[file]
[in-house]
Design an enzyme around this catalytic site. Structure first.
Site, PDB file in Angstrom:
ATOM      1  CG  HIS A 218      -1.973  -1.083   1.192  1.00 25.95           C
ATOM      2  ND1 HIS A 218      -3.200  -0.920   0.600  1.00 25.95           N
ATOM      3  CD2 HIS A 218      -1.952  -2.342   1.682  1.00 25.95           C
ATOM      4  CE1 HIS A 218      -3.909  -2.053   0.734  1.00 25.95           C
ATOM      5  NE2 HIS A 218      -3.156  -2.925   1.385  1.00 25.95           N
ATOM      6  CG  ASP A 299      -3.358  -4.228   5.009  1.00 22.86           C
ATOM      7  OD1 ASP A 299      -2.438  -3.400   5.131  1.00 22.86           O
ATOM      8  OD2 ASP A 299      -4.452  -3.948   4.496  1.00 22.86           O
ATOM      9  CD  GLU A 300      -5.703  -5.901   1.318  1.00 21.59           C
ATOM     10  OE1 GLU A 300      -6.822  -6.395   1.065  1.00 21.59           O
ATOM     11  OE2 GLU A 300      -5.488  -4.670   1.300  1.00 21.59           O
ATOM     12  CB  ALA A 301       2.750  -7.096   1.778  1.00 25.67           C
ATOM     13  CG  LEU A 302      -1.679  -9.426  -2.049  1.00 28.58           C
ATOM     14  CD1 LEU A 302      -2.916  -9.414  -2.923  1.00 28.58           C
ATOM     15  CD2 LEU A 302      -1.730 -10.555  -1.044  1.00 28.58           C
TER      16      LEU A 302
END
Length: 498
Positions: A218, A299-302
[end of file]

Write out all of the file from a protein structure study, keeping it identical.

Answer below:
[in-house]
Design an enzyme around this catalytic site. Structure first.
Site, PDB file in Angstrom:
ATOM      1  CG  HIS A 218      -1.973  -1.083   1.192  1.00 25.95           C
ATOM      2  ND1 HIS A 218      -3.200  -0.920   0.600  1.00 25.95           N
ATOM      3  CD2 HIS A 218      -1.952  -2.342   1.682  1.00 25.95           C
ATOM      4  CE1 HIS A 218      -3.909  -2.053   0.734  1.00 25.95           C
ATOM      5  NE2 HIS A 218      -3.156  -2.925   1.385  1.00 25.95           N
ATOM      6  CG  ASP A 299      -3.358  -4.228   5.009  1.00 22.86           C
ATOM      7  OD1 ASP A 299      -2.438  -3.400   5.131  1.00 22.86           O
ATOM      8  OD2 ASP A 299      -4.452  -3.948   4.496  1.00 22.86           O
ATOM      9  CD  GLU A 300      -5.703  -5.901   1.318  1.00 21.59           C
ATOM     10  OE1 GLU A 300      -6.822  -6.395   1.065  1.00 21.59           O
ATOM     11  OE2 GLU A 300      -5.488  -4.670   1.300  1.00 21.59           O
ATOM     12  CB  ALA A 301       2.750  -7.096   1.778  1.00 25.67           C
ATOM     13  CG  LEU A 302      -1.679  -9.426  -2.049  1.00 28.58           C
ATOM     14  CD1 LEU A 302      -2.916  -9.414  -2.923  1.00 28.58           C
ATOM     15  CD2 LEU A 302      -1.730 -10.555  -1.044  1.00 28.58           C
TER      16      LEU A 302
END
Length: 498
Positions: A218, A299-302